The Fed representatives are announcing the forthcoming monetary tightening in the USA, but they are doing it very cautiously. The zloty is currently under limited pressure related to worse readings from the Polish economy. However, the interest rate market is beginning to evaluate a decrease.
Most important macro data (CET – Central European Time). Estimations of macro data are based on Bloomberg information, unless marked otherwise.
- No macro data that could have a significant impact on the analyzed currency pairs.
When looking at the currency market and trying to estimate the situation on the American dollar, it's impossible to avoid another series of statements from the Fed members. Three of them have spoken within the past few hours. Even though these comments had a minor impact on the market, they should confirm that we are getting closer to the monetary tightening.
John Williams was the most optimistic out of the whole three. The San Francisco Fed chairman suggested that he is tired of constant questions regarding the moment of monetary tightening. However, he took note of positive aspects of the American economy as usually, especially its reaching the moment of full employment.
Regarding a hypothetical moment of rate hikes, he said that, “September remains in the game.” However, he also said that this concerns all meetings. This was quite similar to a controversial statement from William Dudley, which for a moment was interpreted as a suggestion that the hikes will take place next month.
However, the statement alone, as well as Williams' previous comments, suggest that he would support rate hikes. Moreover, it seems he is feeling uncomfortable with keeping interest rates at a too low level for too long. The problem is that Williams doesn't have the right to vote this year. Thus, his opinion (although significant) does not have a crucial impact. Yesterday, we wrote more about the differences between the views of those members who have the right to vote and those who cannot directly decide about interest rates.
William Dudley has yet again sounded quite mysteriously. The official part of his testimony did not directly concern the monetary policy. It focused on the situation in the American regions that are supervised by the New York Fed (including a difficult situation in Puerto Rico).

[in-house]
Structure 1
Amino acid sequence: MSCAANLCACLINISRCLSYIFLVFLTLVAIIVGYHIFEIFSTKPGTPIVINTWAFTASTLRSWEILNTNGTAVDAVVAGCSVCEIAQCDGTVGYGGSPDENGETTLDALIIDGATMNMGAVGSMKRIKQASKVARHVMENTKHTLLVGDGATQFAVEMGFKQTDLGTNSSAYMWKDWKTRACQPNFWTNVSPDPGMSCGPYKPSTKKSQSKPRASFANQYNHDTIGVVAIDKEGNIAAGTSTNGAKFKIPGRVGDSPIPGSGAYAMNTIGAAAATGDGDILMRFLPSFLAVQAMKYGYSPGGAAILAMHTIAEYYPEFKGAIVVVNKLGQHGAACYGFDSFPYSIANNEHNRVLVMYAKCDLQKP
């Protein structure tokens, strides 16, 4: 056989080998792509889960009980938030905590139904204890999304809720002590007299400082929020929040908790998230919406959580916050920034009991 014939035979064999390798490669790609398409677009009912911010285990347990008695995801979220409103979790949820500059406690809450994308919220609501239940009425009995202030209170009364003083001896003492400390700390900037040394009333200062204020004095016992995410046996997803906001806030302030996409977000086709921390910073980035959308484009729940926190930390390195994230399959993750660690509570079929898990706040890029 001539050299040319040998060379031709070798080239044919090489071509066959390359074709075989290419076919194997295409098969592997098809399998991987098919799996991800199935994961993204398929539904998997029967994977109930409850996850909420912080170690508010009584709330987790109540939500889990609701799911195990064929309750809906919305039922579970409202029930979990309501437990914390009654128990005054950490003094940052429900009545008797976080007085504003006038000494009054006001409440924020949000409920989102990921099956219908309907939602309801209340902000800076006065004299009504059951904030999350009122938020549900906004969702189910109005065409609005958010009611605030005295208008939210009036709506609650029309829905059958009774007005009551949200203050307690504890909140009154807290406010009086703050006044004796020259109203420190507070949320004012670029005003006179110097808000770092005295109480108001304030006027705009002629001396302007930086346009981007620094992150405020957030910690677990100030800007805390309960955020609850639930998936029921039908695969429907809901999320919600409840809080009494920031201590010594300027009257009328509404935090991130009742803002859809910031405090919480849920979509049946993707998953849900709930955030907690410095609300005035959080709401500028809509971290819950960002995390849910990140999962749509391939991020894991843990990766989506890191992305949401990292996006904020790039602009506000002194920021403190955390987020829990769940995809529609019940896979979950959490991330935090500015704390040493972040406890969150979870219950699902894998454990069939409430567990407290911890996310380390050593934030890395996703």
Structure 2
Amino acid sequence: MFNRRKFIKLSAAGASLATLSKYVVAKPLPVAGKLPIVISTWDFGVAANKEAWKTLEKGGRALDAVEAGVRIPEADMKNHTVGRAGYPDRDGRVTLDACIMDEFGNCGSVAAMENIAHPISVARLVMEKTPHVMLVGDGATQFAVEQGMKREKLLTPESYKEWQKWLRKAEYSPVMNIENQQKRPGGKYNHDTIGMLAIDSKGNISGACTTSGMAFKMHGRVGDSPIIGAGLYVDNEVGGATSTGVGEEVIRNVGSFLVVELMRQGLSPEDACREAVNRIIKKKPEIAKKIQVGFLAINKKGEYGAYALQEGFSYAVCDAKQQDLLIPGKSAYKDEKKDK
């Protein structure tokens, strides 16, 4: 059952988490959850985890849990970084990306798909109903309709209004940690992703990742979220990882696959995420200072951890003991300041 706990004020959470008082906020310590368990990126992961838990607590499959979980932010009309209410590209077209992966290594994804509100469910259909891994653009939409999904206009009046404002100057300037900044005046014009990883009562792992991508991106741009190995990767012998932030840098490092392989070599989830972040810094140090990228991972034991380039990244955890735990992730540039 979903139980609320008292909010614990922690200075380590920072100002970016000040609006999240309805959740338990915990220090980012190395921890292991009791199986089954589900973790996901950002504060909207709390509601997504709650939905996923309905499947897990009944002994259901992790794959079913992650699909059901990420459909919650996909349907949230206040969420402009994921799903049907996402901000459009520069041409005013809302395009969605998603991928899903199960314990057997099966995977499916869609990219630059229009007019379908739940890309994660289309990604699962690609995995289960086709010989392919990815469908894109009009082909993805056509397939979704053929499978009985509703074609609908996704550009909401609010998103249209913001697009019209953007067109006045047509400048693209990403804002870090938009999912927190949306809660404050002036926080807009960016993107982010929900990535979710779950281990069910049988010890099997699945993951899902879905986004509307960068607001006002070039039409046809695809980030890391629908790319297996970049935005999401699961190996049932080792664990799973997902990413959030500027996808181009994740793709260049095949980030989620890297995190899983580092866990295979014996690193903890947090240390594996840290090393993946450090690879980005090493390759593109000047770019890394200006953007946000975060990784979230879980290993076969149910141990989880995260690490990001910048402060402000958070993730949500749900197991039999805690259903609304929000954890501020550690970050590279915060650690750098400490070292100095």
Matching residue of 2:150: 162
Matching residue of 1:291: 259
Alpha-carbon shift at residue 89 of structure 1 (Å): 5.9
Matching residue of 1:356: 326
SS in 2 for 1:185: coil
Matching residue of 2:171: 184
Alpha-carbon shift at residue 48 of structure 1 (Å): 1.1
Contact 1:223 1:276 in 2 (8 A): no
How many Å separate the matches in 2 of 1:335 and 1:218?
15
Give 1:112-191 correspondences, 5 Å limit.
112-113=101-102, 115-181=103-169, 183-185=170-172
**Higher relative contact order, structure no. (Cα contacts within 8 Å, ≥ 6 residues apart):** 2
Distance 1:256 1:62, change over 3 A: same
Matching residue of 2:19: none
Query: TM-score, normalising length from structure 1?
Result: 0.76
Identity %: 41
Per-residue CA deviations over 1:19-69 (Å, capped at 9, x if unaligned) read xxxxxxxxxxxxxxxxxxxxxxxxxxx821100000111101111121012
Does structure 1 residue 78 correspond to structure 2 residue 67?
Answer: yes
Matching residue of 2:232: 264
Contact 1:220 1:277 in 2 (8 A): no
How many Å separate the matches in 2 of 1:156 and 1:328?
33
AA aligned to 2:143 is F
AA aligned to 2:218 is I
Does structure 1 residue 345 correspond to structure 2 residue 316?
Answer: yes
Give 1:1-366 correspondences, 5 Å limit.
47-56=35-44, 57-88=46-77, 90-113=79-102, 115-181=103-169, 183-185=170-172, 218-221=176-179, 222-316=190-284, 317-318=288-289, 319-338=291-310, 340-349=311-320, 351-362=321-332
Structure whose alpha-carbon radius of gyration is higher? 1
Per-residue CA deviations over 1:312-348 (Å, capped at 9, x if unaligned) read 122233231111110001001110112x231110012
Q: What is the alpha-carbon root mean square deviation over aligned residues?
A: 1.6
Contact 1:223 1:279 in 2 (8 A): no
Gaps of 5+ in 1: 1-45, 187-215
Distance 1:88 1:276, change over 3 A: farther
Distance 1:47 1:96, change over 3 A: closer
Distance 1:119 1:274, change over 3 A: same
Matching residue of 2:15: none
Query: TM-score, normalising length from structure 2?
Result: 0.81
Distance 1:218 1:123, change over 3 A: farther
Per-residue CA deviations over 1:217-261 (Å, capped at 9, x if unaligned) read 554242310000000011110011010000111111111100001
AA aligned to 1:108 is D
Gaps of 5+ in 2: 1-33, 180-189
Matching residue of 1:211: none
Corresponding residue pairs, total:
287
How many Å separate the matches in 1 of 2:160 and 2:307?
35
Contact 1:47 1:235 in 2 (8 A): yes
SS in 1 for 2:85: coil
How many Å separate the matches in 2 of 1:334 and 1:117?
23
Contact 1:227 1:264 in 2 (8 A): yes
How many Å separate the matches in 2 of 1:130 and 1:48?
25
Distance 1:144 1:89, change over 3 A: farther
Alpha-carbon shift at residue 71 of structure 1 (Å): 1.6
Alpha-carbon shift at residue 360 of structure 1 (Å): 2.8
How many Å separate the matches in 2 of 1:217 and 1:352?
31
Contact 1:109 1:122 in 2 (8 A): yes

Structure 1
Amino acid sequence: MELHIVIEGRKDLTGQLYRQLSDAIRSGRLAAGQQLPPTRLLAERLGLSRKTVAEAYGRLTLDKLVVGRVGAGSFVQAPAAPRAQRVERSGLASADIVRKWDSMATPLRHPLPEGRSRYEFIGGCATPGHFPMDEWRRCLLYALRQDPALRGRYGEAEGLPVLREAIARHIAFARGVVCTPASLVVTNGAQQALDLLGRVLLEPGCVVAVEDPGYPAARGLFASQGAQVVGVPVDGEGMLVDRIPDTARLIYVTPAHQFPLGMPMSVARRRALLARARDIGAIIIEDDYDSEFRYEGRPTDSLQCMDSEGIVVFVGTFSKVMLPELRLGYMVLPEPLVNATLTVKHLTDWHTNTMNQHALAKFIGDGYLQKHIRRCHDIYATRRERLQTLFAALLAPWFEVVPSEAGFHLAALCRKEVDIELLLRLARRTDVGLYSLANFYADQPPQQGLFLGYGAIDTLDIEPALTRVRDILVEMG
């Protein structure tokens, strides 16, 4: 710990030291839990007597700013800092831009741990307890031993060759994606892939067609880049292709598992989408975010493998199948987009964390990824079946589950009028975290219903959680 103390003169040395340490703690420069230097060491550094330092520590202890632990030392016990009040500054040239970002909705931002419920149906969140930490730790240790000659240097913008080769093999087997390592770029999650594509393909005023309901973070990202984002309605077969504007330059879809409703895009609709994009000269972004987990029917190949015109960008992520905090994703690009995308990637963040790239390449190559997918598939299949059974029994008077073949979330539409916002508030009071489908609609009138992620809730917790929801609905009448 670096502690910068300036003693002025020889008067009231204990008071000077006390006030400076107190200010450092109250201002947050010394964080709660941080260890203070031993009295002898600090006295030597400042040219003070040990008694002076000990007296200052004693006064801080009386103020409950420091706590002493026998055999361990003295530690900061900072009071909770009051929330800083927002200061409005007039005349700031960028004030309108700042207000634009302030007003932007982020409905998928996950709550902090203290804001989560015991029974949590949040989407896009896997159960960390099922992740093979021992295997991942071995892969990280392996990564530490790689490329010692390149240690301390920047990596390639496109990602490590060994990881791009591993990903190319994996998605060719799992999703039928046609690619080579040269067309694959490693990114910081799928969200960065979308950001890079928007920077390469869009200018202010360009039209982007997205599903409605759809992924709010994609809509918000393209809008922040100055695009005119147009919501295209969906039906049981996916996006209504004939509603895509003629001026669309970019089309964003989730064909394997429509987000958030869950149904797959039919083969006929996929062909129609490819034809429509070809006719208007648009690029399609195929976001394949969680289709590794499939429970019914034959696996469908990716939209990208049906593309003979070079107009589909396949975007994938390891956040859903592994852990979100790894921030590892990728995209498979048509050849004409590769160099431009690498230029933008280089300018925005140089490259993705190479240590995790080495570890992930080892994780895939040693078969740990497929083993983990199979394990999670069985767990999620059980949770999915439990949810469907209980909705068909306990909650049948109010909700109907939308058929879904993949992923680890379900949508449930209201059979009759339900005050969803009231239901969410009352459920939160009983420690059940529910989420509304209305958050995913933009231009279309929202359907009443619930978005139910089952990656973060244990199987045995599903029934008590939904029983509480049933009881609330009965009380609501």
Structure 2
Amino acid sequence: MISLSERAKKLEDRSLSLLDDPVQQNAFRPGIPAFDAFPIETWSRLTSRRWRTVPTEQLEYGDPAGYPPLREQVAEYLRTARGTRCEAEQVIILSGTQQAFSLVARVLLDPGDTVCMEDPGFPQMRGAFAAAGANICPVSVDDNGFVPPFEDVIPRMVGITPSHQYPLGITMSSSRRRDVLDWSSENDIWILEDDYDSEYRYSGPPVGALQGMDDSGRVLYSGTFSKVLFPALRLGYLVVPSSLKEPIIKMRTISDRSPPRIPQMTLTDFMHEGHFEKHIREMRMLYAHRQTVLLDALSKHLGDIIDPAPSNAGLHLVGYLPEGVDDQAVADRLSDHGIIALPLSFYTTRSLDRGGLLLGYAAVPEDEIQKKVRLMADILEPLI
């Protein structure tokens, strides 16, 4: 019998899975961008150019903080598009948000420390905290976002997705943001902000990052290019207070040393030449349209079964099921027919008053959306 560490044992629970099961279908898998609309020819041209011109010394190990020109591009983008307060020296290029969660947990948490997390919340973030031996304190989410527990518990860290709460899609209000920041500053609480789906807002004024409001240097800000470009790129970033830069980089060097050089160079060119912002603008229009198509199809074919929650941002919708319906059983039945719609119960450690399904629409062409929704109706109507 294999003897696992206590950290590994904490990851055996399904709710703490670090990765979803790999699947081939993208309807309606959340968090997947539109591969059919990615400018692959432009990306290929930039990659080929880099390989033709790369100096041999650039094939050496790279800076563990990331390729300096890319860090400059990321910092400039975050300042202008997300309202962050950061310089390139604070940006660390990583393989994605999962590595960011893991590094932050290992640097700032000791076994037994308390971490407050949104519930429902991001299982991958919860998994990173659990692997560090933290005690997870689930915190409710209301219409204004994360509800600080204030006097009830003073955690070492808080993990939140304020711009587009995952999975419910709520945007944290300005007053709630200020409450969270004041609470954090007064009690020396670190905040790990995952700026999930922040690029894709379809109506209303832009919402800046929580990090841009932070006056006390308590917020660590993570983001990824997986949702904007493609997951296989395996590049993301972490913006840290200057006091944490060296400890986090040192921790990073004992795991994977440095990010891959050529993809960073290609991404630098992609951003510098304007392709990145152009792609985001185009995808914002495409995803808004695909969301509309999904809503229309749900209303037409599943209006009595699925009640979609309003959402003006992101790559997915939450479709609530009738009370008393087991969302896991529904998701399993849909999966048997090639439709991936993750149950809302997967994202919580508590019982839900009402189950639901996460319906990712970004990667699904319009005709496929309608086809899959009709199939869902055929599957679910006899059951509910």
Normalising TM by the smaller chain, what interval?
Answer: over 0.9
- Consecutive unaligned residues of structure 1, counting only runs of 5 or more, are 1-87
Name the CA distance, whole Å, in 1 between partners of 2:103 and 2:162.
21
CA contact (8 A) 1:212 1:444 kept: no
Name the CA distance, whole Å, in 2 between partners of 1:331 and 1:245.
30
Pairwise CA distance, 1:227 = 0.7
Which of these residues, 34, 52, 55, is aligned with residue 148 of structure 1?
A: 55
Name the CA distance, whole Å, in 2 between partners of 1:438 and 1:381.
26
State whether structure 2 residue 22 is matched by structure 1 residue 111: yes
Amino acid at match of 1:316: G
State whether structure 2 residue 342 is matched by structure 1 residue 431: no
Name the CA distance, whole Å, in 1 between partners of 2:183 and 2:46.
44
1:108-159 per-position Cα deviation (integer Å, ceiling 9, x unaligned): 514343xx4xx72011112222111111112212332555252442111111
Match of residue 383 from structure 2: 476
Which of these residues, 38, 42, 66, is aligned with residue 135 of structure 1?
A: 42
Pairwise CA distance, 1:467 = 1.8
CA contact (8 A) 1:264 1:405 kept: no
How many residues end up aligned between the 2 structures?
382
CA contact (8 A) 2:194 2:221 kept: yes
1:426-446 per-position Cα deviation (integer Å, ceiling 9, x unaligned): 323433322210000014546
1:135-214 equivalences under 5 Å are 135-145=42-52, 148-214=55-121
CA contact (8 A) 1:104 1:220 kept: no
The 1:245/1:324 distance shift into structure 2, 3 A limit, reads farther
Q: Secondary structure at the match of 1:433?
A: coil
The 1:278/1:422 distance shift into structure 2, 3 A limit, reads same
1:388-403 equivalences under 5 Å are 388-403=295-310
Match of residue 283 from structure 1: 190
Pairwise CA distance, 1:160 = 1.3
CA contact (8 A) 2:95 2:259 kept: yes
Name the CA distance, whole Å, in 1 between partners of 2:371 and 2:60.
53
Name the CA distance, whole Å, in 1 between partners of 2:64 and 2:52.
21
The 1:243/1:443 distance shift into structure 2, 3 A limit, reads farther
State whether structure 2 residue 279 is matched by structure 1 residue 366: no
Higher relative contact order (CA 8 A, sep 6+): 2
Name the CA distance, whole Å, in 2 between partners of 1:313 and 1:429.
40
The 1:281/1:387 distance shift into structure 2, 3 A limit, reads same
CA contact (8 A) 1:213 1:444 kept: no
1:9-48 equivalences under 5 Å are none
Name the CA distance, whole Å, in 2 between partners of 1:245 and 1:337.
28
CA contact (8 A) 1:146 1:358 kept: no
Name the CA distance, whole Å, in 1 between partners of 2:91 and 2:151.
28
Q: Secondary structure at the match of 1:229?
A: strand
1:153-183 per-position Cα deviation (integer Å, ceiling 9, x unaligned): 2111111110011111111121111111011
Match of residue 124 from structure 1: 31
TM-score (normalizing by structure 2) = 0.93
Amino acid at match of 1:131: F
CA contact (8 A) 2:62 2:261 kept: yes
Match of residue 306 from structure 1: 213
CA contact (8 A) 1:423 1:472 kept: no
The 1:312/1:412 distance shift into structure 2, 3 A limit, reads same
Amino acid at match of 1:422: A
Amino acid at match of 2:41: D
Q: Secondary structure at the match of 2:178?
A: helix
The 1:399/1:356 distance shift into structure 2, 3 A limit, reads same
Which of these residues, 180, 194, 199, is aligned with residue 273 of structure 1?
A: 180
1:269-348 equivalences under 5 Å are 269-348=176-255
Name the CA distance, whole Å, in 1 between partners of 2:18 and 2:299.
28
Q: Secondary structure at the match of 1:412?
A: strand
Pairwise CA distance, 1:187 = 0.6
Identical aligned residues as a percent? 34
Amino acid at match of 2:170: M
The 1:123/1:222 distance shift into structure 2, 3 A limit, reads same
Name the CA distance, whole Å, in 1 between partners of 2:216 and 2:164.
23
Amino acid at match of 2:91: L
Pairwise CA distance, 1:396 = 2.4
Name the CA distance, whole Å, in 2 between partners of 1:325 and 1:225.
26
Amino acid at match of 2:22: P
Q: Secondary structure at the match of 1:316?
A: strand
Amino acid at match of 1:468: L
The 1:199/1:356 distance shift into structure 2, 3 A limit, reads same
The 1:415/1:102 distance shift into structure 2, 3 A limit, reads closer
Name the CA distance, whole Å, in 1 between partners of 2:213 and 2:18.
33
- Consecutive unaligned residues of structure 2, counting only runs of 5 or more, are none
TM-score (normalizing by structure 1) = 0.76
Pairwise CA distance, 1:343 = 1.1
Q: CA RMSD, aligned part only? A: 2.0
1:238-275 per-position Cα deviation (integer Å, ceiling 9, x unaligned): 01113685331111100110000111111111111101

However, during the questions&answers session, Dudley took note of a temporary character of a lower GDP reading (due to a decrease in supplies), as well as of the fact that he finds the condition of the labor market more important than the economic growth. This is partially a result of the Fed's mandate. However, emphasizing this fact in the current conditions, can be considered as a hawkish factor.
On the other hand, Dudley said that a strong GDP reading for the third quarter would convince him more to rate hikes. However, it is worth noting that the third quarter data will be published at the end of October. Of course, it's possible to make attempts of estimating the reading. However, that kind of projections are burdened with an error. We have seen it during the previous quarter. Thus, we may come to a conclusion that Dudley would support rate hikes not sooner than in December.
Robert Kaplan's comments were the least controversial. His testimony did not have a previously prepared text and he refused to answer questions regarding the monetary policy.
Thus, the Federal Reserve will most likely make attempts to prepare the market for rate hikes in December. Next week, the market will wonder on whether Janet Yellen's testimony in Jackson Hole on Friday will give any answers regarding this process.
However, it is possible that Janet Yellen will focus more on the neutral level of interest rates, which may be lower than the current FOMC models indicate. This discussion has been recently initiated by James Bullard, as well as referred to by John Williams.
On the other hand, the statements from yesterday can be interpreted as slightly positive regarding the dollar. There were slightly more hawkish than dovish suggestions. However, these differences are small, so they shouldn't be crucial for evaluation of the American currency for the time being.
The zloty remains under pressure of weaker data from the Polish economy. Despite that yesterday's fatal reading of industrial production is most likely temporary, the market has begun to estimate an increased probability of cutting interest rates. The FRA 6x9 contracts (estimated rate of three-month loans for six months in the interbank market) went down to the 1.51% level. This is 10 base case points less than before the data from yesterday, as well as the GDP reading from last Friday.
The further terms of the future interest rates (for nine and twelve months) are lower than one week ago by 12 and 15 base case points, respectively. Even though we don't expect a move from the Council for the time being, the market evaluation may impact currency exchange rates for long. Therefore, the base case level for the EUR/PLN in this mild global environment is the area of 4.30. However, if the sentiment abroad deteriorates, the risk of a further wear-off on the PLN will increase.